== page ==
TikTok and Facebook Reels make us laugh. The sillier the video, the better. But when it comes to videos showcasing your business, you need to set a tone that matches your branding and corporate culture. That doesn't mean it has to be dull. It does mean choosing where you post thoughtfully. Naturally you'll want videos on your website. But if you don't have a YouTube channel, you could be missing out on extra eyeballs that can help drive business. A few things to remember if you are just getting started with business videos:
- Keep it short. There is a tendency to want to jam everything in to a video. People get bored easily so edit yourself.
- Be authentic. You are not an actor. Speak in your natural voice. Now, if you have a voice that turns people off in the boardroom, you may want to work with a voice coach before cameras roll.
- Your message shouldn't sound like a rehearsed speech, but more like a conversation.
- If necessary, use a teleprompter. There are inexpensive ways to do this on your PC, or you could hire a professional teleprompter operator with equipment.
- Think visuals (background, fonts, graphics, and even how to dress for the shoot).
- Story board before you roll. You'll save time and money if you map out the shoot from start to finish.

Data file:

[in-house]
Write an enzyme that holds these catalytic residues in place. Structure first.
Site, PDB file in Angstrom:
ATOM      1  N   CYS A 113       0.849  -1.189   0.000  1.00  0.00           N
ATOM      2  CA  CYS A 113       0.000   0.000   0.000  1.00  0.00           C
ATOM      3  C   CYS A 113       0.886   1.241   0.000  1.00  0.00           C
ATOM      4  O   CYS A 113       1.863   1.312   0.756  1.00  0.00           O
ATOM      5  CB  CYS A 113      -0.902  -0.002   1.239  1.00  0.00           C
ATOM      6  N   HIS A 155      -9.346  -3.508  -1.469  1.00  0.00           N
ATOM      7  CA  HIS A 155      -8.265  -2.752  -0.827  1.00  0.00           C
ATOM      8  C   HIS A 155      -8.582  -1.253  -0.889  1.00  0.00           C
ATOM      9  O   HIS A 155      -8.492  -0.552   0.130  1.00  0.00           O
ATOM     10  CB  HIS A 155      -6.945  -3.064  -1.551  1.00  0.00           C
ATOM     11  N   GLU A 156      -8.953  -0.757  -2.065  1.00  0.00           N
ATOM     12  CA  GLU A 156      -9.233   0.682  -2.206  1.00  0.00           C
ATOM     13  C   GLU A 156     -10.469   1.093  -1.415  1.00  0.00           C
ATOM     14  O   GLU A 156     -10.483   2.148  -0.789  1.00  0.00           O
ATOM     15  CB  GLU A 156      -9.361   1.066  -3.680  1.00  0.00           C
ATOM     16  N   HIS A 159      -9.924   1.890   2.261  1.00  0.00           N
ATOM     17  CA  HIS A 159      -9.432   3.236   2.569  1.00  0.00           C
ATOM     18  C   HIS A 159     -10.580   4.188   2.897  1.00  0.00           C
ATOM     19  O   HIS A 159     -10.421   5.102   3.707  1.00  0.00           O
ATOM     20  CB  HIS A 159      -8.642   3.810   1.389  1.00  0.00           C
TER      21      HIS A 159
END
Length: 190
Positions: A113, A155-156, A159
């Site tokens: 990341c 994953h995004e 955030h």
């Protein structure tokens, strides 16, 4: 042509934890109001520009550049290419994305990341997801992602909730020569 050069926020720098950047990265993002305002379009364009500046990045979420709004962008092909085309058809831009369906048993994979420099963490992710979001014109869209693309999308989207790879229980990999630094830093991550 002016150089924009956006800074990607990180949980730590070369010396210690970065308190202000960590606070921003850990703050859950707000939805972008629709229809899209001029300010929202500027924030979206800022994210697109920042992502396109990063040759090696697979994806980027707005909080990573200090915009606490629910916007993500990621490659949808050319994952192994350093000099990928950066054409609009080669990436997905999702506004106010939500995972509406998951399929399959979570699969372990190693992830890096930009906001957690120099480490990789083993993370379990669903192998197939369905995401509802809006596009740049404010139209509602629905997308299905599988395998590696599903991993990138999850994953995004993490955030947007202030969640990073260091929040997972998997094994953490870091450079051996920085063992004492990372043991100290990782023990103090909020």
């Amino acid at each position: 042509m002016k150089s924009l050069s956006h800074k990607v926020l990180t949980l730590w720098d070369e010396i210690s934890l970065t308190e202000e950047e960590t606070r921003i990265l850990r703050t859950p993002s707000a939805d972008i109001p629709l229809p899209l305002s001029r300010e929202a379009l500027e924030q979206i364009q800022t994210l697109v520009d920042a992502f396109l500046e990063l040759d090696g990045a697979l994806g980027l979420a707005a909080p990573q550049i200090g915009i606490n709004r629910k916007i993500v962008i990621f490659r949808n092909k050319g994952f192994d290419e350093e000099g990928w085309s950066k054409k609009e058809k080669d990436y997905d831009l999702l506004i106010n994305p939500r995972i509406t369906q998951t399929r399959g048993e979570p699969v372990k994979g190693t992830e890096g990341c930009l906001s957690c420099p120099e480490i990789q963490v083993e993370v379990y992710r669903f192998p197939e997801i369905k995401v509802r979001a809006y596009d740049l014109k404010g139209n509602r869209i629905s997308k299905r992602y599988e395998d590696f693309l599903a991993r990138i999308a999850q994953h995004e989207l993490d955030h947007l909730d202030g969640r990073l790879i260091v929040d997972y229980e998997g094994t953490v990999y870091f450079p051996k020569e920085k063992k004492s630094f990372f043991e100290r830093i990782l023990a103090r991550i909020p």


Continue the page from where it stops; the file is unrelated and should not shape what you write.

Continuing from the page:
- Quality control. If there are technical issues, people turn away.
- Diversity matters. If you post videos that do not reflect a diverse team, there's a problem. And it's not just with your videos. It starts in your executive suite.
- For small businesses and small budgets, an iPhone video will do the job. But do yourself a favor and make sure your lighting is flattering and your camera positioning gives you a natural look.
- Large corporations will opt for a professional crew and production. Who wouldn't if your budget would permit?
It's no surprise that many people relate more to video than to copy alone. It can help your potential clients/customers see you as a real person who can be trusted with their time and money.
If your business ever faces a major crisis that makes news, a video produced in-house may be just the answer. Your CEO can control the messaging, at least for a time. Sure, reporters will want interviews or a news conference, but they'll take your video if that's all you're offering at the time. Controlling the message, does not mean a coverup. That type of video message will do more harm than good with the public.
An internal video for employees can be an important part of corporate communications. In a large organization, personal interactions with the CEO can be few and far between for many employees. But a videotaped message to employees may also be effective. I'd recommend keeping it more casual than for external messaging. A video could also be used to answer questions from employees. But, even though the messaging is meant for internal consumption, it would not be unusual for it to find its way outside of your company. In other words, every word matters. The video shouldn't be something that will embarrass executives if it's leaked to the outside, or worse, have a negative impact on the company.
Consult Women Media Pros if you are considering a professionally-produced video. Our team has produced countless videos and we work with some of the best videographers in the business. We also include video production tips in our customized media training sessions.